Argentina’s Answer to the Coen Brothers
WHY YOU SHOULD CARE
Because making films is like performing an exorcism.
If the Coen brothers are America’s subversive siblings celebrated for making movies that cause audiences to snicker, squirm and grind their teeth, then this Argentine screenwriter could be the Coens’ long-lost stepbrother.
Andrés Duprat, 53, is the screenwriter behind The Artist (2008), The Man Next Door (2009) and The Distinguished Citizen (2016), a comedy-drama that won the award for best foreign film at the Venice Film Festival last year. Were you to meet his protagonists, you’d conclude, as Duprat tells OZY, that he is “interested in that someone who feels dead inside, who’s desperate to transform his life and who all of a sudden sees an exit. I think those moments happen to all of us.” His screenplays are an alternative, arguably refreshing attitude toward life in a region saturated with overtly politicized storytelling at best and soporific, superficial soaps at worst. “His whole ideology is to produce discomfort,” says Juan Becerra, an Argentine novelist who is writing a book on Duprat’s screenplays. “I think there are really dark moments, betrayals of self in all of us. And that is what Andrés explores and what he’s really good at.” The scripts come to life in what Duprat calls a “rock band” collaboration involving two producers who partner with him in nearly all his work, his brother Gastón and Mariano Cohn. Duprat’s next screenplay, Mi Obra Maestro (My Master Work), is currently in production.
With a background in contemporary art, Duprat says his screenplays often go after the clash between high culture and popular culture: A nobody nurse with a meaningless life turns into a famous painter overnight by stealing his patient’s art in The Artist. Leonardo, an uptight designer, butts heads with his crass neighbor over a mundane home renovation project in The Man Next Door. Daniel Mantovani is The Distinguished Citizen, a Nobel Prize–winning writer, well past his prime, who returns to his backward, isolated hometown, where jealousy, hatred and obsession creep up and eventually overtake him. “A recurring theme in my scripts,” Duprat tells OZY, “is the clash of two different worldviews.”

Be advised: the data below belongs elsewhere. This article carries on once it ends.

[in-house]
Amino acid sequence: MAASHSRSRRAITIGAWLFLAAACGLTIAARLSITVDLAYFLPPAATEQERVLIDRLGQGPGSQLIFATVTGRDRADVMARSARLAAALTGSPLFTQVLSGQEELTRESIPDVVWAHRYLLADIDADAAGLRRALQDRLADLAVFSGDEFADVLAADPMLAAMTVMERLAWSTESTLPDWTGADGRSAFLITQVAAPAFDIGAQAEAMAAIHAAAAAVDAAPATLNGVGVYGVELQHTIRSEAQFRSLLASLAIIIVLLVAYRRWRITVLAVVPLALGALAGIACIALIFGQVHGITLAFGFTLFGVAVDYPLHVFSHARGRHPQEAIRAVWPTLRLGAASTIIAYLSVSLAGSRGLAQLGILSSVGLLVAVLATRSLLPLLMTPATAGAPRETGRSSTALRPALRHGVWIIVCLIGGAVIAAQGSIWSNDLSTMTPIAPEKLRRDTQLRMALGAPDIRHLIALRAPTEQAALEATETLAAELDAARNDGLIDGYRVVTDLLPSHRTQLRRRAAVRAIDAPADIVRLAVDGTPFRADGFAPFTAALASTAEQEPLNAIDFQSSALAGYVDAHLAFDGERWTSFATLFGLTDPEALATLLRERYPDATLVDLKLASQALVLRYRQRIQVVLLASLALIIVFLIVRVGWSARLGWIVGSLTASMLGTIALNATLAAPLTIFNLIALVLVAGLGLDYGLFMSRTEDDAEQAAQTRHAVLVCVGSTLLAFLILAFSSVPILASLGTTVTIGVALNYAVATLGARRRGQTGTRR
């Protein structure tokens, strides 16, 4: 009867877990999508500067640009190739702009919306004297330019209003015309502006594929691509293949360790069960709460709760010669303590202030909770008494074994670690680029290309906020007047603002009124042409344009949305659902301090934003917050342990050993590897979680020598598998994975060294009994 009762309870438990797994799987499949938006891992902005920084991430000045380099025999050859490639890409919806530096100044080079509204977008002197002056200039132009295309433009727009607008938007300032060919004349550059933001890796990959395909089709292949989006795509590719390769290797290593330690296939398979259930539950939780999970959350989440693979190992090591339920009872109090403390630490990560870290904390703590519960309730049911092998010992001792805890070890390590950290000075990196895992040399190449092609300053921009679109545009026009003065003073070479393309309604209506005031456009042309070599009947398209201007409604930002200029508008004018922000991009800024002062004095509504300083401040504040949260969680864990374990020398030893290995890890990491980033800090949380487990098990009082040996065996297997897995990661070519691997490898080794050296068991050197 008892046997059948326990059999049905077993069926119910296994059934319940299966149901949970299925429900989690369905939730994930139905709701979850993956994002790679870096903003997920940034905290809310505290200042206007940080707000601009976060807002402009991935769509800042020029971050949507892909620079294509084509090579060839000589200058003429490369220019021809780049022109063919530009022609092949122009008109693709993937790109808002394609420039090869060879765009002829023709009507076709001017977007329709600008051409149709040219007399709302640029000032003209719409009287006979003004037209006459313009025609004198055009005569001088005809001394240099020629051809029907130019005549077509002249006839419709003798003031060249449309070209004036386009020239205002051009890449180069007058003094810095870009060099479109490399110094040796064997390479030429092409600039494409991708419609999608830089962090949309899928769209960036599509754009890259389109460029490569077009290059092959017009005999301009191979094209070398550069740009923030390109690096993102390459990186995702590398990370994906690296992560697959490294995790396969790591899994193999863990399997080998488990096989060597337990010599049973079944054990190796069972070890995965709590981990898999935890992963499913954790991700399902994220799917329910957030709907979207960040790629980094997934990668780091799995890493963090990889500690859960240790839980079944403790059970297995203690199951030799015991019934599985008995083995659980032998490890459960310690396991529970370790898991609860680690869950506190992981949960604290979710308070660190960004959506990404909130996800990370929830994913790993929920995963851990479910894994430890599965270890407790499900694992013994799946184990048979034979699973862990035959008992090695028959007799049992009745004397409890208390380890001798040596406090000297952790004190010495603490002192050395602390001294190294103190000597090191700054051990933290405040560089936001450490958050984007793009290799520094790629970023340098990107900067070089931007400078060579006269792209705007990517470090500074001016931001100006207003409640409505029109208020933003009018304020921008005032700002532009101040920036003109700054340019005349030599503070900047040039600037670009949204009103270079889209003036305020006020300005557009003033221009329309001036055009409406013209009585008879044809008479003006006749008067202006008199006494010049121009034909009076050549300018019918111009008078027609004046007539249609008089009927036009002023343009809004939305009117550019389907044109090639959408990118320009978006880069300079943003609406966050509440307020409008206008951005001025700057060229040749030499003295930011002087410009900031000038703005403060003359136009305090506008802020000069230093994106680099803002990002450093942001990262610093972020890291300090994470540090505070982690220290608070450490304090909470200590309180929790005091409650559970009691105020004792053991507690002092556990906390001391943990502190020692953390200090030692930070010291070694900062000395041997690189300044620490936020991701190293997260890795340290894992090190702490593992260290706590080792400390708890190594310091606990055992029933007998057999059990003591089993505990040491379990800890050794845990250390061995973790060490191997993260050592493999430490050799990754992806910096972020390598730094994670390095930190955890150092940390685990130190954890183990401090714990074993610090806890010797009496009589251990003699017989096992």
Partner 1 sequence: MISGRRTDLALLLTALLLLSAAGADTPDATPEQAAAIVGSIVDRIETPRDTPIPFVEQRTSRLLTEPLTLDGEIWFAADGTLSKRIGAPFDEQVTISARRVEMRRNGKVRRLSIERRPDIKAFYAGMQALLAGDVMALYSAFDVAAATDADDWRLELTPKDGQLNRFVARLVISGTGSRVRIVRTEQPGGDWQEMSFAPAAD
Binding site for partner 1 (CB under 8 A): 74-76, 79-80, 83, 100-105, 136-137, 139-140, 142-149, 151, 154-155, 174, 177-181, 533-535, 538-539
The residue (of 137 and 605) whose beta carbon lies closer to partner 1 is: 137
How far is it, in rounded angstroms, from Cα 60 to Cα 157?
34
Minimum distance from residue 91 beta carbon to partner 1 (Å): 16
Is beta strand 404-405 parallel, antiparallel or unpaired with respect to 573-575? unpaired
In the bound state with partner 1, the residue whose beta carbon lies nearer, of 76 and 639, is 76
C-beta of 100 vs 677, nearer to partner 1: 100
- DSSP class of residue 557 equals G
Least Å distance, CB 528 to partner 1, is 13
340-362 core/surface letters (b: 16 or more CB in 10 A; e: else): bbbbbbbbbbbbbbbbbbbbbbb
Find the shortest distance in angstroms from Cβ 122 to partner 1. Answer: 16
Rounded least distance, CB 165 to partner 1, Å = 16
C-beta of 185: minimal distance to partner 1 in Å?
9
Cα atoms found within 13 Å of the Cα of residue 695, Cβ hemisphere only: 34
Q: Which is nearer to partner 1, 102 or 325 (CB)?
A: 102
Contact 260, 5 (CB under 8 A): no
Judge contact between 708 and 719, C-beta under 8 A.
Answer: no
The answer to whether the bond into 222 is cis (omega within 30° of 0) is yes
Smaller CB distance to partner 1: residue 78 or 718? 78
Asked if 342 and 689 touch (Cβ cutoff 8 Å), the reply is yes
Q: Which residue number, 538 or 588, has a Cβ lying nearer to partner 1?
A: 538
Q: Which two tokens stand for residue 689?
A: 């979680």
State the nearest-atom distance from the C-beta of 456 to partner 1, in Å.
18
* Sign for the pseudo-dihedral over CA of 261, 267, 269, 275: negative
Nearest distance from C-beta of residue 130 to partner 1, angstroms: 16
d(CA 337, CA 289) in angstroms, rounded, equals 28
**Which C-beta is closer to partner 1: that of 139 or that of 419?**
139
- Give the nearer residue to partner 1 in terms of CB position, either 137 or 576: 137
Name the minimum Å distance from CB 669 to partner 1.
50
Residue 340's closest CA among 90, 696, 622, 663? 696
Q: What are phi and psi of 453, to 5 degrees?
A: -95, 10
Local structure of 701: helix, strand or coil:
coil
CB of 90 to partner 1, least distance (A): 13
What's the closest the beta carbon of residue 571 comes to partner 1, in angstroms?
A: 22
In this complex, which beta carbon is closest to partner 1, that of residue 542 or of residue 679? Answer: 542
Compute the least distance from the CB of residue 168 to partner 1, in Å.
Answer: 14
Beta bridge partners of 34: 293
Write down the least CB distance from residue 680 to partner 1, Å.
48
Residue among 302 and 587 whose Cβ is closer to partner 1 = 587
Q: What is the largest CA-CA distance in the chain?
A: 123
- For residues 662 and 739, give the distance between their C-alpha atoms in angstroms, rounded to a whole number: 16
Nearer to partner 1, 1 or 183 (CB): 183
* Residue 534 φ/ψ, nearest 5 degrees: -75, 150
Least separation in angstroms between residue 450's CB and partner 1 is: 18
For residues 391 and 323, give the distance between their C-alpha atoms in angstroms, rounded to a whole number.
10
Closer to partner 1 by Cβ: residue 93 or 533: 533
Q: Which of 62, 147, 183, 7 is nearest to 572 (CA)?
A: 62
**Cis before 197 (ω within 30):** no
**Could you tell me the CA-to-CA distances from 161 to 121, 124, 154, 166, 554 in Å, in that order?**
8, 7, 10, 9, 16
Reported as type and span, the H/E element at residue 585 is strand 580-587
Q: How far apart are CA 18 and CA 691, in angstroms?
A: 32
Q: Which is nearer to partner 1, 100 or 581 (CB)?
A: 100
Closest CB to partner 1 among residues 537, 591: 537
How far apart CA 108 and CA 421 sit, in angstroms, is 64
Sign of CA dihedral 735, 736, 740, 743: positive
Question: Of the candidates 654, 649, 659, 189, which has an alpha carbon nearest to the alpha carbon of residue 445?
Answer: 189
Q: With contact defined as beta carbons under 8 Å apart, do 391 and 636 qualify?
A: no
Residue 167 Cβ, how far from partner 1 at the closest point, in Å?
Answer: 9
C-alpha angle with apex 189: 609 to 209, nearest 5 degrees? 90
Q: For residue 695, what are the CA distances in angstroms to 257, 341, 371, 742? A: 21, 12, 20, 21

Duprat cops to having bouts of despair over the world’s troubles … but he also believes in the human spirit.
Duprat’s view of his world while growing up in the 1970s and early 1980s was of an Argentina in the grip of a brutal dictatorship where tens of thousands of people were forcibly “disappeared.” Time folded that trauma of deceit, cheating and betrayal into the country’s national psyche — as well as Duprat’s adolescent imagination. The social tensions he absorbed as a youth are still everywhere in Latin America, making the region fertile ground for his philosophical experiments to play out on-screen. As Becerra puts it, when you put people under “systems of repression, at some point, the savage emerges.”
Born in La Plata to a family of lawyers, Duprat broke with tradition and chose to study architecture and move to Italy. Most of his early professional career was defined by design, curatorial work at museums and university teaching. His entrance into screenwriting came late — without any experience — when he was 42 years old. Annoyed by what he considered the snobbery, elitism and hypocrisy of the contemporary art universe, he sat down at his computer and banged out an essay criticizing all that was wrong in his profession, and shared it with a good friend, the late Argentine artist León Ferrari. “This isn’t an essay, it’s a screenplay!” Ferrari told Duprat. Inspired, he transformed the essay into his first work, The Artist. Looking back, Duprat says, he can see that everything he did in the art world “stays there, it doesn’t leave. Not like making films. It was like an exorcism for me.”
Mariano Cohn and Gastón Duprat started making video art and experimental cinema in the early 1990s. A decade later, they had launched their own company and began putting out documentaries. When Andrés cooked up The Artist, Gastón and Cohn were the obvious team to turn to — and they’ve been his main collaborators ever since. It’s a trio that occupies the gray area in any production: There are no firm lines, Gastón and Cohn weigh in on every script, and Andrés helps with casting decisions and advises on production.
Still, while their roles may blur the lines, the scope of Duprat’s work has thus far been quite defined, and limited. “He works a lot in the world of art. So, it’s worth asking why not work in fields he doesn’t know?” Becerra says. “I mean, to throw yourself out into the void. That’s the squeeze I want to see him in.” Short of leaping into the void, the Duprat brothers and Cohn have edged into new terrain with their latest documentary, on Argentina’s obsession with meat, Todo Sobre El Asado (Everything About Barbecue), which aired on Netflix last year.
Was it a welcome reprieve for a filmmaker obsessed with man’s darker impulses? Duprat cops to having bouts of despair over the world’s troubles: borders shutting down, wars in the Middle East, hunger, starvation. But he also believes in the human spirit — “that everything gets resolved down here on earth,” and that we have the tools to correct course and put ourselves back on track. Maybe that’s why he repeatedly shows us what it looks like to go off the rails. One part warning, the other part asking: Why do we do it?